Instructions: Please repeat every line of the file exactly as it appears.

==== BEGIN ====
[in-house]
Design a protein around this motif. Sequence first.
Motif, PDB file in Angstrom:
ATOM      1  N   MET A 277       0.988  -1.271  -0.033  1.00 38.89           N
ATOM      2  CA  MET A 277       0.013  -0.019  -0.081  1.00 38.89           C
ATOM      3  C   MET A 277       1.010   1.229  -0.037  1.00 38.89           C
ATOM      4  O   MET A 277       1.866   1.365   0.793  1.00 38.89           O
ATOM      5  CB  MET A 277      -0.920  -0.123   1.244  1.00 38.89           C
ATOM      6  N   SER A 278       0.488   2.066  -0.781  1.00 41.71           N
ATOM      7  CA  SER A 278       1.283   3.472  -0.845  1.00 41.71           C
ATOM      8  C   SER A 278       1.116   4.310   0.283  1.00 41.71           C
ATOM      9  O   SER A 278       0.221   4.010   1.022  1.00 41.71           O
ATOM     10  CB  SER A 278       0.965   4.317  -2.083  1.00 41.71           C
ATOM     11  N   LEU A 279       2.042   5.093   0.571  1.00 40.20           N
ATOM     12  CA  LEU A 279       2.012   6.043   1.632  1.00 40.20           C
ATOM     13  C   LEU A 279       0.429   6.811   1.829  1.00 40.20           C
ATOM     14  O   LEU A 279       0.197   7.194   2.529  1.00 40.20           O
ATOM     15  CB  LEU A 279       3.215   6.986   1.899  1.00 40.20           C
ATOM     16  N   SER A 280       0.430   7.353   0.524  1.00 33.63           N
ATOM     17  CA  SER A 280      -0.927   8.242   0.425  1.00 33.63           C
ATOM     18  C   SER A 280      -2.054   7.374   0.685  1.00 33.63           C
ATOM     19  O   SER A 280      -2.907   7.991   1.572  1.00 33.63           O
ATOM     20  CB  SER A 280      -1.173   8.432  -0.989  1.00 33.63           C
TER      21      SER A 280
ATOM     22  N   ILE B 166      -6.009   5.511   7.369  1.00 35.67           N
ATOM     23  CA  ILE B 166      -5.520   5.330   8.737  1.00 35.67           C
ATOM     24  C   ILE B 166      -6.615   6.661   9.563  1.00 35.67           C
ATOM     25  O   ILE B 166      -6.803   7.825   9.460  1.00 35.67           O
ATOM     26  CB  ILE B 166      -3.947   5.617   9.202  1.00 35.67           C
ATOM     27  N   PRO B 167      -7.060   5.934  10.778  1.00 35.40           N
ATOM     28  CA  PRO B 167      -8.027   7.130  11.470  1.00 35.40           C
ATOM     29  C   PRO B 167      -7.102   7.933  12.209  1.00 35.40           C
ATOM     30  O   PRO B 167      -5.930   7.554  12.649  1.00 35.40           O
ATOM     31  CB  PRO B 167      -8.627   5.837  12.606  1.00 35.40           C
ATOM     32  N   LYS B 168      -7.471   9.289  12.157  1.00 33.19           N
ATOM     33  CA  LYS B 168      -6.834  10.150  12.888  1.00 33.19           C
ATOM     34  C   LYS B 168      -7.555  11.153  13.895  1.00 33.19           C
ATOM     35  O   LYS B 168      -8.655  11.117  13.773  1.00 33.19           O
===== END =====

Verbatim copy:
[in-house]
Design a protein around this motif. Sequence first.
Motif, PDB file in Angstrom:
ATOM      1  N   MET A 277       0.988  -1.271  -0.033  1.00 38.89           N
ATOM      2  CA  MET A 277       0.013  -0.019  -0.081  1.00 38.89           C
ATOM      3  C   MET A 277       1.010   1.229  -0.037  1.00 38.89           C
ATOM      4  O   MET A 277       1.866   1.365   0.793  1.00 38.89           O
ATOM      5  CB  MET A 277      -0.920  -0.123   1.244  1.00 38.89           C
ATOM      6  N   SER A 278       0.488   2.066  -0.781  1.00 41.71           N
ATOM      7  CA  SER A 278       1.283   3.472  -0.845  1.00 41.71           C
ATOM      8  C   SER A 278       1.116   4.310   0.283  1.00 41.71           C
ATOM      9  O   SER A 278       0.221   4.010   1.022  1.00 41.71           O
ATOM     10  CB  SER A 278       0.965   4.317  -2.083  1.00 41.71           C
ATOM     11  N   LEU A 279       2.042   5.093   0.571  1.00 40.20           N
ATOM     12  CA  LEU A 279       2.012   6.043   1.632  1.00 40.20           C
ATOM     13  C   LEU A 279       0.429   6.811   1.829  1.00 40.20           C
ATOM     14  O   LEU A 279       0.197   7.194   2.529  1.00 40.20           O
ATOM     15  CB  LEU A 279       3.215   6.986   1.899  1.00 40.20           C
ATOM     16  N   SER A 280       0.430   7.353   0.524  1.00 33.63           N
ATOM     17  CA  SER A 280      -0.927   8.242   0.425  1.00 33.63           C
ATOM     18  C   SER A 280      -2.054   7.374   0.685  1.00 33.63           C
ATOM     19  O   SER A 280      -2.907   7.991   1.572  1.00 33.63           O
ATOM     20  CB  SER A 280      -1.173   8.432  -0.989  1.00 33.63           C
TER      21      SER A 280
ATOM     22  N   ILE B 166      -6.009   5.511   7.369  1.00 35.67           N
ATOM     23  CA  ILE B 166      -5.520   5.330   8.737  1.00 35.67           C
ATOM     24  C   ILE B 166      -6.615   6.661   9.563  1.00 35.67           C
ATOM     25  O   ILE B 166      -6.803   7.825   9.460  1.00 35.67           O
ATOM     26  CB  ILE B 166      -3.947   5.617   9.202  1.00 35.67           C
ATOM     27  N   PRO B 167      -7.060   5.934  10.778  1.00 35.40           N
ATOM     28  CA  PRO B 167      -8.027   7.130  11.470  1.00 35.40           C
ATOM     29  C   PRO B 167      -7.102   7.933  12.209  1.00 35.40           C
ATOM     30  O   PRO B 167      -5.930   7.554  12.649  1.00 35.40           O
ATOM     31  CB  PRO B 167      -8.627   5.837  12.606  1.00 35.40           C
ATOM     32  N   LYS B 168      -7.471   9.289  12.157  1.00 33.19           N
ATOM     33  CA  LYS B 168      -6.834  10.150  12.888  1.00 33.19           C
ATOM     34  C   LYS B 168      -7.555  11.153  13.895  1.00 33.19           C
ATOM     35  O   LYS B 168      -8.655  11.117  13.773  1.00 33.19           O